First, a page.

As with any SRPG worth its grid, combat in Dark Hero Days is heavy on depth, nuance, and appeal, and excess. Of great notice is that last one, excess; not only does Dark Hero Days allow you to reach level 9999, but you can do so through and with 200(!) character classes! The breadth of possibilities, which can of course be further augmented and customized with items and equipment, allows for near limitless combinations of battle arrangements. A maximum of ten characters are available for a fairly standard grid and elevated field, which typically follows most genre conventions, save it's exceptionally implemented GeoEffect system. In layman's terms, this refers to the oddly colored panels in each battle grid. If a character happens to be standing on one of these spots, they stand to gain the benefit, such as boosted experience or attack, that goes with that spot. As a bonus, chain reactions with the panels can be engaged, which push the win bonuses into considerably absurd levels. If that wasn't enough, you also have the ability to throw enemies (or party members). Minor detail, yes, but for whatever reason it's intensely satisfying. Lastly, experience is not only gained from defeating an enemy but also, and your healers will love you for this, simply using skills.
Of particular interest is the Dark Assembly. Similar to the Senate, from here you can introduce bills to be passed into law. Or, more appropriately speaking, use mana to unlock character classes, items, bonuses, reincarnation, and even the odd quirk of transforming your enemy into a Prinny for the next round. A metric assload of stuff can be created here and, perhaps more intriguing, are the ways in which you can go about getting this stuff done; to get approval you do things like offer a bribes, or straight up try to bash someone’s head in.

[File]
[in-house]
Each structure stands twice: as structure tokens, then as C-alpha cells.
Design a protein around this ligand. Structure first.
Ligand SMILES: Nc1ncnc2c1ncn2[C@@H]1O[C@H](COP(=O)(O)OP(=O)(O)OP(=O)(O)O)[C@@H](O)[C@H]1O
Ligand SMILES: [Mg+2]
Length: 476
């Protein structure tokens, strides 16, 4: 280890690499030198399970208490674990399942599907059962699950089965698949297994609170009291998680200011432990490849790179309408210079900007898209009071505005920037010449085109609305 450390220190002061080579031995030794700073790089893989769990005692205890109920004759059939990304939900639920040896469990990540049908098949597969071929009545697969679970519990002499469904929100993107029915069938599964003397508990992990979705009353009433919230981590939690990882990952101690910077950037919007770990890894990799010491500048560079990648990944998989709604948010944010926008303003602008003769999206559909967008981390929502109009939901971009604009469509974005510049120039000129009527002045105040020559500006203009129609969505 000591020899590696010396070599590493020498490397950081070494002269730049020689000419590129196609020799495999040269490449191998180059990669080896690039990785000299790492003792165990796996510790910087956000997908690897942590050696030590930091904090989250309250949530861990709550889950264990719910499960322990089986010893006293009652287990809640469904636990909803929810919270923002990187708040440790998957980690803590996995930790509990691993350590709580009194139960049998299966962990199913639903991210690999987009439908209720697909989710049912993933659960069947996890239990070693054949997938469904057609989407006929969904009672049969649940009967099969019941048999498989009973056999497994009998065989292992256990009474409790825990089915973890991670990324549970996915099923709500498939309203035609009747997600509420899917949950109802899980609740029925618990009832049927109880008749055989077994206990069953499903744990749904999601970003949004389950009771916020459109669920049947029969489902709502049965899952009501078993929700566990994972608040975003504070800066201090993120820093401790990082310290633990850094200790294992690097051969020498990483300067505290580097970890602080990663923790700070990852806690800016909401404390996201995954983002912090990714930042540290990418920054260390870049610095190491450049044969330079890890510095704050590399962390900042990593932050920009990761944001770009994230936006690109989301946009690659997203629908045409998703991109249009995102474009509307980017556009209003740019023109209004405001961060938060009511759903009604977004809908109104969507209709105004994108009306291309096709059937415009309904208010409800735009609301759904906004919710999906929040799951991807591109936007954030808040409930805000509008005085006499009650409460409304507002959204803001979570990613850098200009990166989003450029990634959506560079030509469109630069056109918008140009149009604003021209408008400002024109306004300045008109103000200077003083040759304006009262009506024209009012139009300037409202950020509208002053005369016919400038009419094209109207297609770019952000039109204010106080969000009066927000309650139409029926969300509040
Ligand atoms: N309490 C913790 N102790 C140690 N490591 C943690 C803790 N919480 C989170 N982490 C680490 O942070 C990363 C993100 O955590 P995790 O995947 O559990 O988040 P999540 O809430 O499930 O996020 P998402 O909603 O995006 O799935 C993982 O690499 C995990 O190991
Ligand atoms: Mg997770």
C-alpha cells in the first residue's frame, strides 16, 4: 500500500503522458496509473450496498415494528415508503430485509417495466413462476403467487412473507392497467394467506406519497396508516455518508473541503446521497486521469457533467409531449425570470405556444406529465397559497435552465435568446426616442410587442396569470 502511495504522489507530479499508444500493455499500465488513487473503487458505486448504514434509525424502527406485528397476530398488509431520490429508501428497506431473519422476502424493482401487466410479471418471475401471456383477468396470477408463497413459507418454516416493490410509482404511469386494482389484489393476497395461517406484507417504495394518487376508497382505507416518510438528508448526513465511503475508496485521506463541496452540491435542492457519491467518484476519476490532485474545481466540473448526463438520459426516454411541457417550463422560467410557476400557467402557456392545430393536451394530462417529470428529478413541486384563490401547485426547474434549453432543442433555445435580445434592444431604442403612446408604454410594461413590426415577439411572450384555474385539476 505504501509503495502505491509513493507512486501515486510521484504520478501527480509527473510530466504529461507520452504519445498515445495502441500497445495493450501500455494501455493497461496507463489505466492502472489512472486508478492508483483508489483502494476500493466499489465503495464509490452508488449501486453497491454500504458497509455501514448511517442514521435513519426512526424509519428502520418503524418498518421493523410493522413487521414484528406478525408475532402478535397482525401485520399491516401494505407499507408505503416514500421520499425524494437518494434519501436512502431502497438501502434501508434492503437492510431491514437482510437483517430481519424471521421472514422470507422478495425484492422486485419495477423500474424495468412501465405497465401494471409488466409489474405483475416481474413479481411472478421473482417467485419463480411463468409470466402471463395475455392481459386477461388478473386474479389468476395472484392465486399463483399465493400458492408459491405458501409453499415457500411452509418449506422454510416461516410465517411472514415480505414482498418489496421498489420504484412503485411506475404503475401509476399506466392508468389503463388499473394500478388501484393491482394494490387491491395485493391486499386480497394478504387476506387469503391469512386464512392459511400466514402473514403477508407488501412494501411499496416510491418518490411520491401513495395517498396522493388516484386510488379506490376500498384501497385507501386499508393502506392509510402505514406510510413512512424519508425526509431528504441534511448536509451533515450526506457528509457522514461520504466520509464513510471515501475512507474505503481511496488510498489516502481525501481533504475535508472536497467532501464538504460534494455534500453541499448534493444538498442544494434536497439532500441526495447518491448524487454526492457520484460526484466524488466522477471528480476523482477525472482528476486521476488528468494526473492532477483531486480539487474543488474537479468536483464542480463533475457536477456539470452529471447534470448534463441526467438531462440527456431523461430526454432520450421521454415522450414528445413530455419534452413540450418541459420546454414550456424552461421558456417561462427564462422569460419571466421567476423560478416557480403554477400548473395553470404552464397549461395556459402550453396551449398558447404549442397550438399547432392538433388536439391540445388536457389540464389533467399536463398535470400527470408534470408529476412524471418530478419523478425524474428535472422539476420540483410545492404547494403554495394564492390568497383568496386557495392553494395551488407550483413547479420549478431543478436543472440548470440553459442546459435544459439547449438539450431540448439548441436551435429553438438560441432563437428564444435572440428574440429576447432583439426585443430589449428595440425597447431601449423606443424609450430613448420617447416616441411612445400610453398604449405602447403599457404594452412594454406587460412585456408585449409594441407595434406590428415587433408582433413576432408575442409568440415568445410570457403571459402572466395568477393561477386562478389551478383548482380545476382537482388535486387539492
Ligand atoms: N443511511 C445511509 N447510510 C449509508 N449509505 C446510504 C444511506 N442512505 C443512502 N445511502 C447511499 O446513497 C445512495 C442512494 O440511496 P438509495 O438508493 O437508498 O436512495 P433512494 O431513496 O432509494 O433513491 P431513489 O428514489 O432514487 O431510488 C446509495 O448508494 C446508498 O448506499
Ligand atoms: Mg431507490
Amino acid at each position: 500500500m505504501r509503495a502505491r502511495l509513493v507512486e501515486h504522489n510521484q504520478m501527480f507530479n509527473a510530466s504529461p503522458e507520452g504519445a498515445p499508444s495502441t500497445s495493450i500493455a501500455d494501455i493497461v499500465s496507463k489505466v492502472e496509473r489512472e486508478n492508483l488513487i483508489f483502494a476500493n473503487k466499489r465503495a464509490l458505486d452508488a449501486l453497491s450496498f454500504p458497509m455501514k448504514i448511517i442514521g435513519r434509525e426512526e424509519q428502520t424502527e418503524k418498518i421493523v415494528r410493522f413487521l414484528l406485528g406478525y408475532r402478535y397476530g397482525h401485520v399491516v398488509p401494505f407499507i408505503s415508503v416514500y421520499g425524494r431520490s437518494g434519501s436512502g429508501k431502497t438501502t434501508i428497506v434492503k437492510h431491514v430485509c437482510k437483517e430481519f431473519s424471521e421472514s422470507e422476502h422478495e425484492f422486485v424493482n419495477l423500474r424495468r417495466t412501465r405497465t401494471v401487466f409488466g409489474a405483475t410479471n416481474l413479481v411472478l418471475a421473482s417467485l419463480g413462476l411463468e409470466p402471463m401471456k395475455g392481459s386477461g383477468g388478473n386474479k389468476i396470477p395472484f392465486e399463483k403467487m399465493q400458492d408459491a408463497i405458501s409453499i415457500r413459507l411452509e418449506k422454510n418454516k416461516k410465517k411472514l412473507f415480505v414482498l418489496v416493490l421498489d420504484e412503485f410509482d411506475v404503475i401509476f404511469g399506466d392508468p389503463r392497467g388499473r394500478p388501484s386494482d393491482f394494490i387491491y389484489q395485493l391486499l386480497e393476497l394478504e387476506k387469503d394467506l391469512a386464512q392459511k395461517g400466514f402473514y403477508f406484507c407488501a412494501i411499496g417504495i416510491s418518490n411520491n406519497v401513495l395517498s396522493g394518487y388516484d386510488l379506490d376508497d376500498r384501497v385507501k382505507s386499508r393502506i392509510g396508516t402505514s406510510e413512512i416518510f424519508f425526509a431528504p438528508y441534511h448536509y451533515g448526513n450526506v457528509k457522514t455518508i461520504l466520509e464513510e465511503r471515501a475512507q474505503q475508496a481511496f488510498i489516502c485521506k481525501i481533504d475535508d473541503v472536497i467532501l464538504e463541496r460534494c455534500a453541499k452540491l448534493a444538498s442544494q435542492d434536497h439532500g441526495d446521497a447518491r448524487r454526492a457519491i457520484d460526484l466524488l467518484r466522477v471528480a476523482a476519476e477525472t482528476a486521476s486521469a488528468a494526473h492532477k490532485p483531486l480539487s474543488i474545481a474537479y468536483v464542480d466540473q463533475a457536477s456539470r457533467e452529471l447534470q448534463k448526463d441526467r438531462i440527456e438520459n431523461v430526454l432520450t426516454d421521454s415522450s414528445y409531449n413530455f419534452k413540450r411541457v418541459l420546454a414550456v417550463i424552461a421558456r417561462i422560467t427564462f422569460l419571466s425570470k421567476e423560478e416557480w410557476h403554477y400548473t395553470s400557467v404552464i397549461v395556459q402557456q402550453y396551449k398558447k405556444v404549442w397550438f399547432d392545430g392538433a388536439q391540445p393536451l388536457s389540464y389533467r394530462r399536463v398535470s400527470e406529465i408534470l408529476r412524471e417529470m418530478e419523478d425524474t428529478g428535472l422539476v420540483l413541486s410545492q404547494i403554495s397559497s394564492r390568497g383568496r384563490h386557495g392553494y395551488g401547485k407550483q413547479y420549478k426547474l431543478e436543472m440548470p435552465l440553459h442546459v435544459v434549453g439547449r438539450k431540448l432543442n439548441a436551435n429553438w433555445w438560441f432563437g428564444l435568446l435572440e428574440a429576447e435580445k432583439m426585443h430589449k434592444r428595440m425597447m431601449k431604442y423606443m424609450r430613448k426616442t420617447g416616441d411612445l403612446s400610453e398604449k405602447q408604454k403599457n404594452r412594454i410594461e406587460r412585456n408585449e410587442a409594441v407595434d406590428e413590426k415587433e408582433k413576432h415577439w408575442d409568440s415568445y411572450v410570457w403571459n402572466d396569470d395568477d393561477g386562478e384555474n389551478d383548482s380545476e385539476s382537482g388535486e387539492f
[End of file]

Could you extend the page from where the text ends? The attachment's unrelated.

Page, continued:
Not to be confused with the Dark Assembly is the Dark Court. If you're randomly issued subpoena, it means you've been accused of a crime. Crimes range from having too high stats, to and I quote, "being a loser." Anyway, this is actually a good thing, because if you travel to the Item World, make it to a Dark Court, and are found guilty, it means you've now got a felony under your belt. What does that mean? Why, an experience bonus, of course! Without sounding completely hammy or going into the minutia (or my compulsive need to make sure all my characters were getting subpoenas), it's safe to say this system can range anywhere from a distraction to an obsession.